Obviously such a thing is inherently problematic (and pretentious - very pretentious, in fact, although you won’t find us doing Romania or Uzbekistan or anything that won’t get us hits), but the benefit of keeping it to a fairly narrow time period is most of the players have either played alongside/against each other or at least will have played alongside/against someone who will have played alongside/against the rest of them. It’s hardly comparing Gordon Banks with Joe Hart - at most there’s two degrees of separation which makes comparison easier. But Banks was better than Hart, obviously.
I’m starting with Italy because I like Italy. I picked the players based on performance at club and international level, particularly at major tournaments, in this case focusing on Italy’s successful campaigns - Euro 2000 and 2012, and the 1994 and 2006 World Cups:
GK: Gianluigi Buffon
One of the great goalkeepers of our time - not only a World Cup winner but also one of only two Italians to play in the finals of the 2006 World Cup and Euro 2012 (the other being Daniele de Rossi). He also has dozens of medals in club football, though no Champions League winners medal. And he shouts a lot, which is important in a goalkeeper.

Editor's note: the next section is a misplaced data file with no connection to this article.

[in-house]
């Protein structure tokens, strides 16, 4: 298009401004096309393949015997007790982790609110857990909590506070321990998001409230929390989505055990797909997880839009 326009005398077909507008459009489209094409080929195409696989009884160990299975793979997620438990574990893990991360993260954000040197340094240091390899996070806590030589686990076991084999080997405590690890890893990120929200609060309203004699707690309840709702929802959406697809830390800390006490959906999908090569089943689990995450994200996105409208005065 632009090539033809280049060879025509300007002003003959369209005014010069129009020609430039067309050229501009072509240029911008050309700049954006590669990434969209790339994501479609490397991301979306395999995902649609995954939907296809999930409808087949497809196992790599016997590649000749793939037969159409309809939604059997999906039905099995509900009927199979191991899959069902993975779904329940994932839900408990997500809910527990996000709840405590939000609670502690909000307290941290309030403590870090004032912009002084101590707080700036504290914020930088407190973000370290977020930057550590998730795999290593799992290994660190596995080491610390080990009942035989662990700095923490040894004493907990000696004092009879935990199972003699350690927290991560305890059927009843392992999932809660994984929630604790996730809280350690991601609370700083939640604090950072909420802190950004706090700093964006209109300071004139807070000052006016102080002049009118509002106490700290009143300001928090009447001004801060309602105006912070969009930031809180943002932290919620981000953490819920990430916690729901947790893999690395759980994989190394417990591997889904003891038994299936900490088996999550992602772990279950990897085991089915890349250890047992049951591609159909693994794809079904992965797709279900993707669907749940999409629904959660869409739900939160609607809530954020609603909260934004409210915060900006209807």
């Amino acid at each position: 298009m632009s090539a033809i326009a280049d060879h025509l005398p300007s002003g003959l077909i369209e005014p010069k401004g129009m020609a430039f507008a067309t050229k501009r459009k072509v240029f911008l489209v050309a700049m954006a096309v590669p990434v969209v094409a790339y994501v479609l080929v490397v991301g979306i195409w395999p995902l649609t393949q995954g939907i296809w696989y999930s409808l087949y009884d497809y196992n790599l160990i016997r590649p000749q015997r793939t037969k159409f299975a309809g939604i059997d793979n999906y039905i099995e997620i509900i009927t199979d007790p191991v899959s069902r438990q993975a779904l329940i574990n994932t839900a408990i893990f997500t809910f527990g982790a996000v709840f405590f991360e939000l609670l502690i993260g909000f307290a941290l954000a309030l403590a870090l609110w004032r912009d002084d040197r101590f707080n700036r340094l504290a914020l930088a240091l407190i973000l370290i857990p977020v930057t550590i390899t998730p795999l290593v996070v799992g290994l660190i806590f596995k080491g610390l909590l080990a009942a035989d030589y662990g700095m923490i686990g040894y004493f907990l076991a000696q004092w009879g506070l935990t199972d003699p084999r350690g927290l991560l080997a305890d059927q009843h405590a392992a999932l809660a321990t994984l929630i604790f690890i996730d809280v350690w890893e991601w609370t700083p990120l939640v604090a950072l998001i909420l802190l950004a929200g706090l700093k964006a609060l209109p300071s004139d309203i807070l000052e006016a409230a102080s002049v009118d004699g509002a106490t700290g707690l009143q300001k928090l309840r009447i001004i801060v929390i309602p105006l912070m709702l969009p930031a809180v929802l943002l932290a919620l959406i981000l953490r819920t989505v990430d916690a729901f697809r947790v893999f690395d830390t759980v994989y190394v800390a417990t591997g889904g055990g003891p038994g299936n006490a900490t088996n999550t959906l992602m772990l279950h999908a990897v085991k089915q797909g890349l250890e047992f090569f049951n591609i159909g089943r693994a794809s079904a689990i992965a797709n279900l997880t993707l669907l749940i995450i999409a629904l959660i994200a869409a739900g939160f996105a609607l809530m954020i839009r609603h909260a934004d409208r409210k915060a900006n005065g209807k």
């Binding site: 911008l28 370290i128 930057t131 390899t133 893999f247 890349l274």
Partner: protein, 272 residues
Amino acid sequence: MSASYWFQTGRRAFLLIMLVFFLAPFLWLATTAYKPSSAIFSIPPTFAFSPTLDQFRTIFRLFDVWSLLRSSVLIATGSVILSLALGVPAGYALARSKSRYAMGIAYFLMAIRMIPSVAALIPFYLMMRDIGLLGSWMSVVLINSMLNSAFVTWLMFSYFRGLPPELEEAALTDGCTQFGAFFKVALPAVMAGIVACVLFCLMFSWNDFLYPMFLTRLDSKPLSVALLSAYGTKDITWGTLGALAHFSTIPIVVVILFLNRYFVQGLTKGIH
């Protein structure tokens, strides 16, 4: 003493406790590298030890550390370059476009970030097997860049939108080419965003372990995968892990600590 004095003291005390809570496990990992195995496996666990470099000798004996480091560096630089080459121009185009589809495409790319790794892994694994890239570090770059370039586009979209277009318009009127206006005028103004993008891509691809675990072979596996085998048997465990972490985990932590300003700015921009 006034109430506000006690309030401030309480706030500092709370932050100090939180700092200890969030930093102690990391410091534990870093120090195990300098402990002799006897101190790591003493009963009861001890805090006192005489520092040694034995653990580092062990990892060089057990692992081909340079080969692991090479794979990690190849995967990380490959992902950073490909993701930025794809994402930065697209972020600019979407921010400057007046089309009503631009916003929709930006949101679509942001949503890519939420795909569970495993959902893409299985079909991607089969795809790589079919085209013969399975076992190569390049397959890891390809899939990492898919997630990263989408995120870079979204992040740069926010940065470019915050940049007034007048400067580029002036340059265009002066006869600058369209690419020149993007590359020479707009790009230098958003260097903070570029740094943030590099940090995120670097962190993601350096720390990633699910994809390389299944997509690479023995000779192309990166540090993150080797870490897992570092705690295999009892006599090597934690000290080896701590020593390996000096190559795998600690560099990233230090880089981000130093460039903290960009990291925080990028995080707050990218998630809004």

RB: Gianluca Zambrotta
No great Italian right-backs of recent times sprung to mind immediately, but Zambrotta was converted to this role before the 2006 World Cup, so is good enough for this. I still remember when he was considered to be a midfielder, before being switched to left-back and finally right-back at Juventus, where he was part of a defence that won Serie A fair and square…oh wait.
CB: Alessandro Nesta
One of the greatest centre-backs of all time, Nesta has as close to a complete set of medals as you can realistically get. However, the “Nestavaro” partnership (because this is exactly what hipsters would call it if today was 2006) didn’t actually last in the 2006 World Cup due to his injury in the third group game. Even so, he’s still brilliant and he’s still playing for Montreal Impact.
CB: Fabio Cannavaro